Sowetan: Call on city to stop evictions

Call on city to stop evictions

28 Sep 2011 | Moses Mackay

This follows a violent clash between 2000 backyard dwellers and the police after they had occupied land owned by the city in Kraaifontein on Sunday.

Police repelled the bid and drove the homeless people off a piece of land along Old Paarl road, arresting eight people.

Police and members of the city’s anti-land invasion unit took down structures erected illegally on Saturday.

The backyard dwellers, from Bloekombos and Wallacedene in Kraaifontein, also occupied two other pieces of land along Maroela Road.

Plot markings and building materials were visible, but no structures had been put up.

Yesterday, Abahlali baseMjondolo provincial chairman Mzonke Poni condemned the City of Cape Town’s actions against land occupiers in Kraaifontein.

“The city cannot wage war on the poor and then say it wants to negotiate with us,” he said.

“If the city is serious about negotiations it must first renounce violence.”

Khayelitsha resident and community leader Poni said residents wanted the city to declare a moratorium on all evictions in Cape Town.

“The struggles and survival strategies of the poor must be actively supported, Poni said.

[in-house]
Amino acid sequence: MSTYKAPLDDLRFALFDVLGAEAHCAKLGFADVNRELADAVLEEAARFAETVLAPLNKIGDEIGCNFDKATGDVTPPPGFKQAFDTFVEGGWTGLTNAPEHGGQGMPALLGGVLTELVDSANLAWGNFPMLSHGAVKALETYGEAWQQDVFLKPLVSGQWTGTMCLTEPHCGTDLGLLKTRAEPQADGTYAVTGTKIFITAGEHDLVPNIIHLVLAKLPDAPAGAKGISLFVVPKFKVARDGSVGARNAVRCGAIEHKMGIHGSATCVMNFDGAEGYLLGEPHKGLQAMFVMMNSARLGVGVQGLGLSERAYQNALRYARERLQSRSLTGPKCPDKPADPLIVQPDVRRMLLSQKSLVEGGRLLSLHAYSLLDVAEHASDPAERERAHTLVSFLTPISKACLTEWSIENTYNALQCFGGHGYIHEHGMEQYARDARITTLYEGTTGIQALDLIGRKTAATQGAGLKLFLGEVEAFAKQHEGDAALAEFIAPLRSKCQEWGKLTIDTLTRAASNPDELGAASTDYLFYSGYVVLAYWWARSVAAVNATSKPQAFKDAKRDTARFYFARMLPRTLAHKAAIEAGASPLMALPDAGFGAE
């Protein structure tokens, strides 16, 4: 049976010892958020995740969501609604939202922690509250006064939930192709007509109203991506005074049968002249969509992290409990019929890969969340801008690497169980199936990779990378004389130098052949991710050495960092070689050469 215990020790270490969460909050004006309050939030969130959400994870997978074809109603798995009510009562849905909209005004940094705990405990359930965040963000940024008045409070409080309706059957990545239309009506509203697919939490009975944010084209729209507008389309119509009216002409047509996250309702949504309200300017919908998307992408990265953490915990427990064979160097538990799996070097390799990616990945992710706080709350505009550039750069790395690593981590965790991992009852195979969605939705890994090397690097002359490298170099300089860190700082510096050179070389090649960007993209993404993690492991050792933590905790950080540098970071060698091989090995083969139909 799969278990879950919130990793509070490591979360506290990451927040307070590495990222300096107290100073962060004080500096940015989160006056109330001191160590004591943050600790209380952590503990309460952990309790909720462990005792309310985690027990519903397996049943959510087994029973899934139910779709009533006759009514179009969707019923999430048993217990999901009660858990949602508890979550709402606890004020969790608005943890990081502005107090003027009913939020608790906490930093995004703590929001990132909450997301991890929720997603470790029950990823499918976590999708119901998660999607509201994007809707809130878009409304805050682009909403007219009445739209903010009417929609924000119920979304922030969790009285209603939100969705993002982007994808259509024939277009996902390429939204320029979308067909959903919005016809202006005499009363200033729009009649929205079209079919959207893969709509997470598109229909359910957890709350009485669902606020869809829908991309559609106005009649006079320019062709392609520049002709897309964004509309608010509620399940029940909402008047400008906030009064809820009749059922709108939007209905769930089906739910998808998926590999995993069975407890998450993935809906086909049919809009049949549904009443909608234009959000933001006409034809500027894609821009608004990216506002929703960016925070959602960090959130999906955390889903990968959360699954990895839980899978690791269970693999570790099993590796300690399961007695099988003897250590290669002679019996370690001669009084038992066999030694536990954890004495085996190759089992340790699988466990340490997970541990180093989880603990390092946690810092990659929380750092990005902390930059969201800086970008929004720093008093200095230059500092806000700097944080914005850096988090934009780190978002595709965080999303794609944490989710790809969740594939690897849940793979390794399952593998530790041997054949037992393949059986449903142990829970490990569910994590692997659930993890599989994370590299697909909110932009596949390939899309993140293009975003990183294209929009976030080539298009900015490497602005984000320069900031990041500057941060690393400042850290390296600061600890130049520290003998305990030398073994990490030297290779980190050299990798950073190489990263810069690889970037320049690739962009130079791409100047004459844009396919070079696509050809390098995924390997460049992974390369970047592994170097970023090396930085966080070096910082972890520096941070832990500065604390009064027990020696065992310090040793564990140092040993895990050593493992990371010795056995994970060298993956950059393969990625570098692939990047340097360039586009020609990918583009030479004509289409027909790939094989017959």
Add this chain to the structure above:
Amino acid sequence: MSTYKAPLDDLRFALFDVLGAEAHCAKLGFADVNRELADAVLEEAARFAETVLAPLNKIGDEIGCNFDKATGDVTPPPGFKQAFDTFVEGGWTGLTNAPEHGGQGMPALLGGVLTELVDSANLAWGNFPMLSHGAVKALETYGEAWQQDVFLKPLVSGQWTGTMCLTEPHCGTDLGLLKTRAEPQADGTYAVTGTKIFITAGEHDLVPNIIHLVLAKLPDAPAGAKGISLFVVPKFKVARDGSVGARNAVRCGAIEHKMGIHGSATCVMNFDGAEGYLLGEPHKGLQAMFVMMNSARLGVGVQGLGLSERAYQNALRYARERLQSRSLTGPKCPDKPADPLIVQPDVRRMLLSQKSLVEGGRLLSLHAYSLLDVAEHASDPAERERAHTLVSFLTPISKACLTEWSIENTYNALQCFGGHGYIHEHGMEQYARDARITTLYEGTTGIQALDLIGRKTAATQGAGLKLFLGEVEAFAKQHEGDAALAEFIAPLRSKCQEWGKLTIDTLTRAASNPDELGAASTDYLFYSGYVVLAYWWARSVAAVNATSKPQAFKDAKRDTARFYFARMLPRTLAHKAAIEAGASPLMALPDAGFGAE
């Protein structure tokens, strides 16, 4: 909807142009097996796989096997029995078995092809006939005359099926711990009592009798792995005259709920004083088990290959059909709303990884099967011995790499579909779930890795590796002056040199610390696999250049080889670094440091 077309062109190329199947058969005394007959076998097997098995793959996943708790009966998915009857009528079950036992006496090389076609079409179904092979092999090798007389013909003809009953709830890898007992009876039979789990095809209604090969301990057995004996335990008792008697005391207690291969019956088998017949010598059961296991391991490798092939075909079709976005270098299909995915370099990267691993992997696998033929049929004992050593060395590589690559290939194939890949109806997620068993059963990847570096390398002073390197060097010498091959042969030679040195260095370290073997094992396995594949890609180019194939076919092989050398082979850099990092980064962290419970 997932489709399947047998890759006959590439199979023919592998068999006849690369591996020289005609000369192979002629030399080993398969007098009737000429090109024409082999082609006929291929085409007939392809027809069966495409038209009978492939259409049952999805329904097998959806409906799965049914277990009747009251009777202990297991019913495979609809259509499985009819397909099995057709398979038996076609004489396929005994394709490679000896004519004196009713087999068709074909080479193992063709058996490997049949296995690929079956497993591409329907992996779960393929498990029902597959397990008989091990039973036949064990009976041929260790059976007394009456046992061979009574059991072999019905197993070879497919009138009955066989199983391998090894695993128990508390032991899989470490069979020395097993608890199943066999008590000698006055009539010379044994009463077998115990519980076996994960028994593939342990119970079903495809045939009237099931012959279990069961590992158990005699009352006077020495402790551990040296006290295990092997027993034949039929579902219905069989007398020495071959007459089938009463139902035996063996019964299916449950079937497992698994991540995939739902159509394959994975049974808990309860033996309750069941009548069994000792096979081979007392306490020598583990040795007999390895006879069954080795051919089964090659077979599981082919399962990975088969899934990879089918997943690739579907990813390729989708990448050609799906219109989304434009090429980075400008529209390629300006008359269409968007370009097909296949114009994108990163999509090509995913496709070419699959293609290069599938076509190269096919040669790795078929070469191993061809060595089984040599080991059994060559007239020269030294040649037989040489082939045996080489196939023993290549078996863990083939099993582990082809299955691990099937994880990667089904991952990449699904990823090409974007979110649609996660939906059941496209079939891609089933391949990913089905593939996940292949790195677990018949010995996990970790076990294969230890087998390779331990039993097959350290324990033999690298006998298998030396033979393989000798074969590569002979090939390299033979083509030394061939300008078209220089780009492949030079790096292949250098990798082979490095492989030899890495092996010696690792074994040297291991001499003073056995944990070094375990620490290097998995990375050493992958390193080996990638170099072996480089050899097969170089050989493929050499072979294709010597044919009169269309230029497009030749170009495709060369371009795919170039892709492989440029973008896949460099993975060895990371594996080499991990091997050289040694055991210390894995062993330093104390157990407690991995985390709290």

“It is the responsibility of the city to provide houses for the poor.

“For as long as people do not have houses it is essential that the occupation of unused land be supported by the city.”

Poni also dismissed claims by the city that people who occupied land in Kraaifontein wanted to jump the housing waiting list.

He rejected the city’s housing waiting list, saying it was totally dysfunctional.

“It has been used as a political tool by the city to incite division between black Africans and coloureds in Western Cape,” he said.

Cape Town mayor Patricia de Lille said it was not possible to provide housing for everyone with the budget from the national government.

De Lille also said people must understand that many people had been on the waiting list since the 1980s.